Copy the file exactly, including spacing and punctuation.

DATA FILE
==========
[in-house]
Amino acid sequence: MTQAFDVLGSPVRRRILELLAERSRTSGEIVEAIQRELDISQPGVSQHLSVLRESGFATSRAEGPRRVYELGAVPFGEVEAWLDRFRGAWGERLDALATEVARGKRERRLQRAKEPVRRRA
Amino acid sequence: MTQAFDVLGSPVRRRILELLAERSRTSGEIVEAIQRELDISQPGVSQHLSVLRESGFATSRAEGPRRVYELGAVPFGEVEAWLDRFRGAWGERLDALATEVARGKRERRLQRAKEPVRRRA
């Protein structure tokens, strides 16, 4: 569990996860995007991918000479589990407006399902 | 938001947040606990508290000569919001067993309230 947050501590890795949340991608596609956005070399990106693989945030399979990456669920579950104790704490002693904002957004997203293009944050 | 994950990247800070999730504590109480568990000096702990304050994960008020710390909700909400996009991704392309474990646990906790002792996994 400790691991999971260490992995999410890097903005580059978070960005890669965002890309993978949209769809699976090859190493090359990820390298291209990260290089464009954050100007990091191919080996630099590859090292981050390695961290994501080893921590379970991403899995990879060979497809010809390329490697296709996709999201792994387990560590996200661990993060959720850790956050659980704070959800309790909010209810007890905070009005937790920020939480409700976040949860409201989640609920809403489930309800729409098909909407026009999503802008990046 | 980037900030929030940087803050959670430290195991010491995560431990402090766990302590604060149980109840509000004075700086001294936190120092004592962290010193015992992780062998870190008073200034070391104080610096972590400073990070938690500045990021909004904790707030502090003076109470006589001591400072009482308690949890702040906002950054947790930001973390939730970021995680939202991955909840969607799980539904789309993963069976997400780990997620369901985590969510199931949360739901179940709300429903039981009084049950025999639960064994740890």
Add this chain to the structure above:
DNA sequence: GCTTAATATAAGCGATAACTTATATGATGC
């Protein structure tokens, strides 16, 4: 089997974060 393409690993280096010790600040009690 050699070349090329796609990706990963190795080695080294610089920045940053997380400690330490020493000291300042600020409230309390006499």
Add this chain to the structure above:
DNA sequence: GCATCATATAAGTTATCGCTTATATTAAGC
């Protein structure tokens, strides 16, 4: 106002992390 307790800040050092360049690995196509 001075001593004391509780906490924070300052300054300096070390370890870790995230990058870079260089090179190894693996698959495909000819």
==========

[in-house]
Amino acid sequence: MTQAFDVLGSPVRRRILELLAERSRTSGEIVEAIQRELDISQPGVSQHLSVLRESGFATSRAEGPRRVYELGAVPFGEVEAWLDRFRGAWGERLDALATEVARGKRERRLQRAKEPVRRRA
Amino acid sequence: MTQAFDVLGSPVRRRILELLAERSRTSGEIVEAIQRELDISQPGVSQHLSVLRESGFATSRAEGPRRVYELGAVPFGEVEAWLDRFRGAWGERLDALATEVARGKRERRLQRAKEPVRRRA
């Protein structure tokens, strides 16, 4: 569990996860995007991918000479589990407006399902 | 938001947040606990508290000569919001067993309230 947050501590890795949340991608596609956005070399990106693989945030399979990456669920579950104790704490002693904002957004997203293009944050 | 994950990247800070999730504590109480568990000096702990304050994960008020710390909700909400996009991704392309474990646990906790002792996994 400790691991999971260490992995999410890097903005580059978070960005890669965002890309993978949209769809699976090859190493090359990820390298291209990260290089464009954050100007990091191919080996630099590859090292981050390695961290994501080893921590379970991403899995990879060979497809010809390329490697296709996709999201792994387990560590996200661990993060959720850790956050659980704070959800309790909010209810007890905070009005937790920020939480409700976040949860409201989640609920809403489930309800729409098909909407026009999503802008990046 | 980037900030929030940087803050959670430290195991010491995560431990402090766990302590604060149980109840509000004075700086001294936190120092004592962290010193015992992780062998870190008073200034070391104080610096972590400073990070938690500045990021909004904790707030502090003076109470006589001591400072009482308690949890702040906002950054947790930001973390939730970021995680939202991955909840969607799980539904789309993963069976997400780990997620369901985590969510199931949360739901179940709300429903039981009084049950025999639960064994740890």
Add this chain to the structure above:
DNA sequence: GCTTAATATAAGCGATAACTTATATGATGC
């Protein structure tokens, strides 16, 4: 089997974060 393409690993280096010790600040009690 050699070349090329796609990706990963190795080695080294610089920045940053997380400690330490020493000291300042600020409230309390006499």
Add this chain to the structure above:
DNA sequence: GCATCATATAAGTTATCGCTTATATTAAGC
């Protein structure tokens, strides 16, 4: 106002992390 307790800040050092360049690995196509 001075001593004391509780906490924070300052300054300096070390370890870790995230990058870079260089090179190894693996698959495909000819």